raise CalledProcessError(retcode, cmd)
CalledProcessError: Command '/opt/python/run/venv/bin/pip install -r /opt/python/ondeck/app/requirements.txt' returned non-zero exit status 1. 
Hook /opt/elasticbeanstalk/hooks/appdeploy/pre/ failed. For more detail, check /var/log/eb-activity.log using console or EB CLI.
INFO: Command execution completed on all instances. Summary: [Successful: 0, Failed: 1].
WARN: Environment health has transitioned from Pending to Degraded. Command failed on all instances. Initialization completed 7 seconds ago and took 3 minutes.
ERROR: Create environment operation is complete, but with errors. For more information, see troubleshooting documentation.


Ultimately unsuccessful, but was it satisfying?  Heck yes, grappling with all the tools and troubleshooting various aspects of the procedures was a wonderful learning experience.  [And as it turned out, was a great primer to lead into a less hand-holding tutorial I found later that I’ll try next.]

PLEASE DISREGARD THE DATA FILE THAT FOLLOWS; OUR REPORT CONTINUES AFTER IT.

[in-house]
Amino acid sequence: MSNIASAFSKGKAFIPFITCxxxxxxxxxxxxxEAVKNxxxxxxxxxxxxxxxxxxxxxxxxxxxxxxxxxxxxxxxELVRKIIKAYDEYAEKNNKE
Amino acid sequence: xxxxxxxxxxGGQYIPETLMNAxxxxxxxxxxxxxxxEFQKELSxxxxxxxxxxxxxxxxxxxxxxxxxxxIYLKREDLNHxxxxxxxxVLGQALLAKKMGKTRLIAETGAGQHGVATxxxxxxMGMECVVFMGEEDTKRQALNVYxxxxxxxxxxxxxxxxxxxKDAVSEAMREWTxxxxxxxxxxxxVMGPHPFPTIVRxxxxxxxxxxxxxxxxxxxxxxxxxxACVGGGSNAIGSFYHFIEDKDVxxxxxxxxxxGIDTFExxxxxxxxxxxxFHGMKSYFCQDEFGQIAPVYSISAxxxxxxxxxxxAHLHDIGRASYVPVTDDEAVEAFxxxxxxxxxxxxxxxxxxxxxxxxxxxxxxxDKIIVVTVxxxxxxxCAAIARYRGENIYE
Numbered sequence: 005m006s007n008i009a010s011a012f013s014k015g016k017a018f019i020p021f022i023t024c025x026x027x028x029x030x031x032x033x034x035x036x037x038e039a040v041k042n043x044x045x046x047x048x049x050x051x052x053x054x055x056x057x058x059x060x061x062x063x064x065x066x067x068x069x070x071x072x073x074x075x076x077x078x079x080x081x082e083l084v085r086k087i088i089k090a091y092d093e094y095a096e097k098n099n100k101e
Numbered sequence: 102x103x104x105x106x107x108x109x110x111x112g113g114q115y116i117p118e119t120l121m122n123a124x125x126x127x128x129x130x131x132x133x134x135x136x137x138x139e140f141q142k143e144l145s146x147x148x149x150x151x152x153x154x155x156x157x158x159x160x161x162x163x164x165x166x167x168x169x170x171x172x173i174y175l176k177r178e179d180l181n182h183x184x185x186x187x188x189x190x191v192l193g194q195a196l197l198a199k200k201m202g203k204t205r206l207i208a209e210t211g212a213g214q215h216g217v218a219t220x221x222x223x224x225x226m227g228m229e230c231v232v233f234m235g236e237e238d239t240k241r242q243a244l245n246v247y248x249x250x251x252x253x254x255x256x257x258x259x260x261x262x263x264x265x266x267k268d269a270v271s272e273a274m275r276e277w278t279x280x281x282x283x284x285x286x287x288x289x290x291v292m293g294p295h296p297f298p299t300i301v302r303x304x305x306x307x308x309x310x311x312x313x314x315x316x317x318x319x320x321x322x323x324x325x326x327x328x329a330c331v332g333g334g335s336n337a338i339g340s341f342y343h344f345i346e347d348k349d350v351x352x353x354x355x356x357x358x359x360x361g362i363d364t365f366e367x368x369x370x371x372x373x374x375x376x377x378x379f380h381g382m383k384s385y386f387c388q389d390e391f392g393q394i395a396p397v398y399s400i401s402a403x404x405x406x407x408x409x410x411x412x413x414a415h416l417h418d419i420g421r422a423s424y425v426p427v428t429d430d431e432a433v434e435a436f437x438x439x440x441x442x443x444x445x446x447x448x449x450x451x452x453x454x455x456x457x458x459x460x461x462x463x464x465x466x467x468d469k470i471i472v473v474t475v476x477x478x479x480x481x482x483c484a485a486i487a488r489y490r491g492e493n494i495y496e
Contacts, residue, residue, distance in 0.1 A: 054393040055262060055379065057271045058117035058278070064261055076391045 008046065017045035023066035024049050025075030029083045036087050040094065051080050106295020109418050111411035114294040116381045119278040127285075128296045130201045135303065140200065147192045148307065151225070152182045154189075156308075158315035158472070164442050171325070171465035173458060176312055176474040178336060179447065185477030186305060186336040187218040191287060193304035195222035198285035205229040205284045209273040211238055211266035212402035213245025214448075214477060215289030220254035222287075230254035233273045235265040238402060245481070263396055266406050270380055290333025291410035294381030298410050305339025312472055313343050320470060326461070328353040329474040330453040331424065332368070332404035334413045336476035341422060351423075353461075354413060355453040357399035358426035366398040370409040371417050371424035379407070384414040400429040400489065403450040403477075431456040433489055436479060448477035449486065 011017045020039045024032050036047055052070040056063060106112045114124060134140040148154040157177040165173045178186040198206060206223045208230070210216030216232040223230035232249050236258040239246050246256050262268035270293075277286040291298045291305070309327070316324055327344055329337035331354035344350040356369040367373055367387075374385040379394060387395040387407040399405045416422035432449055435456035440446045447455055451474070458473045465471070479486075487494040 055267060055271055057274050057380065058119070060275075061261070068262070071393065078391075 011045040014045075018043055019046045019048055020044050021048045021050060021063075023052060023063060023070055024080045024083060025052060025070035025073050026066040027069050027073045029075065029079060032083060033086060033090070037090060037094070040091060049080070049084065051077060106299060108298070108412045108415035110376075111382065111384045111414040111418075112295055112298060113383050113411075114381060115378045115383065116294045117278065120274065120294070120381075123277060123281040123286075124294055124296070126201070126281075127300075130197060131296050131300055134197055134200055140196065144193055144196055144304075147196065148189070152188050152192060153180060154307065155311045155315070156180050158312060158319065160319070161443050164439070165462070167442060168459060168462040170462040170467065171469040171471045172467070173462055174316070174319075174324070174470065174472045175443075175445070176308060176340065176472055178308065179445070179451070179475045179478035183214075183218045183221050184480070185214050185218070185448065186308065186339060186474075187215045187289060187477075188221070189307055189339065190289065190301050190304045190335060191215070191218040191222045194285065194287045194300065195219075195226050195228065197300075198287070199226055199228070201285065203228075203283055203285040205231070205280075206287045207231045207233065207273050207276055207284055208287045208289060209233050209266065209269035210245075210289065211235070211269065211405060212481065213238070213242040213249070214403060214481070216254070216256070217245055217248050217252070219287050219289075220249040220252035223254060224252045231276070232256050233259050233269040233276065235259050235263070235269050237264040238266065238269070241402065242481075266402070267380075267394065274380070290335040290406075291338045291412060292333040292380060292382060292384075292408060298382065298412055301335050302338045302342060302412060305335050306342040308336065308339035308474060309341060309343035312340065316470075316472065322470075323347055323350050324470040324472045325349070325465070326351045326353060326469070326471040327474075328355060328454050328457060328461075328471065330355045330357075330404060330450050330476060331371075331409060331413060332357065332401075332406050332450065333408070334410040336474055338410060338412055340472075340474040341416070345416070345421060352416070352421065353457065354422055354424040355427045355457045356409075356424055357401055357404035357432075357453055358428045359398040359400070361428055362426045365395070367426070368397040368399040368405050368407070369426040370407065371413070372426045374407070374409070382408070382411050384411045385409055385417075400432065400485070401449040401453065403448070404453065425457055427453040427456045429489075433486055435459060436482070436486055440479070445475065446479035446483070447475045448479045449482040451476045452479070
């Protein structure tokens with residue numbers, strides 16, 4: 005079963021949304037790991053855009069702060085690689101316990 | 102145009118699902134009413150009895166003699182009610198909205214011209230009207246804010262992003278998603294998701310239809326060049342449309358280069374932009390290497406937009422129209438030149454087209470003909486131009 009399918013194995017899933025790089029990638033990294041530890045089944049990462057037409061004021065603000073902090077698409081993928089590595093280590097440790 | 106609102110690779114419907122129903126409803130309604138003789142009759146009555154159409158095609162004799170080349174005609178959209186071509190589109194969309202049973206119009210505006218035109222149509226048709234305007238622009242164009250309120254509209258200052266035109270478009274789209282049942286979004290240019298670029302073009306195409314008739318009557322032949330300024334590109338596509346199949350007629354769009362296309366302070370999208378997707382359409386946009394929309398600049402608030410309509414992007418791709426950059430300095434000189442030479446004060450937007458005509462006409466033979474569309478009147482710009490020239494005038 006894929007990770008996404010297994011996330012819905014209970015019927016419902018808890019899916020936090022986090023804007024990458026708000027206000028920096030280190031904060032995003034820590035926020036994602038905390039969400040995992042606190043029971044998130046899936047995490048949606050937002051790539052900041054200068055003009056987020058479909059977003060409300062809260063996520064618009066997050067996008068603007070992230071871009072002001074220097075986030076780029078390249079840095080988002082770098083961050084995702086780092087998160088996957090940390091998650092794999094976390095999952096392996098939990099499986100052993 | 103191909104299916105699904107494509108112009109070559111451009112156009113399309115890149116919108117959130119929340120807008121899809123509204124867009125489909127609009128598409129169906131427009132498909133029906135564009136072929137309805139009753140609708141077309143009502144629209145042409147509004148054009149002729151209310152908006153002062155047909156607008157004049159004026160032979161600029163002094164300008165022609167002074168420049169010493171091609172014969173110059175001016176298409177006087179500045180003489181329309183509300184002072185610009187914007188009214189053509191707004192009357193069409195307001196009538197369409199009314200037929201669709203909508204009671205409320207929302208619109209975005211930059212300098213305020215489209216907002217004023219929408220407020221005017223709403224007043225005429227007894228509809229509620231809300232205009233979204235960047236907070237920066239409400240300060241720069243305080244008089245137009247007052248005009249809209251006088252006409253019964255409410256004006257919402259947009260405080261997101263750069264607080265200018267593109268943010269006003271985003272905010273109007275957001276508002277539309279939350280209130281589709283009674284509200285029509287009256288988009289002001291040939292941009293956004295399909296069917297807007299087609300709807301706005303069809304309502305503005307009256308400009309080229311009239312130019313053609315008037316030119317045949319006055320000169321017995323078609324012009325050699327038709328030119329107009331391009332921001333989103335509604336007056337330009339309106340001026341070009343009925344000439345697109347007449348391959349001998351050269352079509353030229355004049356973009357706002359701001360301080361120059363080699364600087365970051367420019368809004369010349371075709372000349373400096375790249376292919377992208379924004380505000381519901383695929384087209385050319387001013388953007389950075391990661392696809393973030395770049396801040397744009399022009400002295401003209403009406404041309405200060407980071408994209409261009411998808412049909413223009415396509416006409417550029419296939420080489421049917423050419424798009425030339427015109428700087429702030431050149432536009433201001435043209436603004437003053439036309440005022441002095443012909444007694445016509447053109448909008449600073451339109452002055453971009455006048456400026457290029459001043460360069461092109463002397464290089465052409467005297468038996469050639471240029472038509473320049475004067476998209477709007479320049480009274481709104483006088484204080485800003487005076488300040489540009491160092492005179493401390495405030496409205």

Well, heck.  That was easier than I thought.  Succeeded after another run-through by forcing Python 2.7 on both the local app configuration and in a new Elastic Beanstalk app.


One thought on “Getting to know AWS with Python (the free way)

Leave a Reply

Fill in your details below or click an icon to log in: Logo

You are commenting using your account. Log Out / Change )

Twitter picture

You are commenting using your Twitter account. Log Out / Change )

Facebook photo

You are commenting using your Facebook account. Log Out / Change )

Google+ photo

You are commenting using your Google+ account. Log Out / Change )

Connecting to %s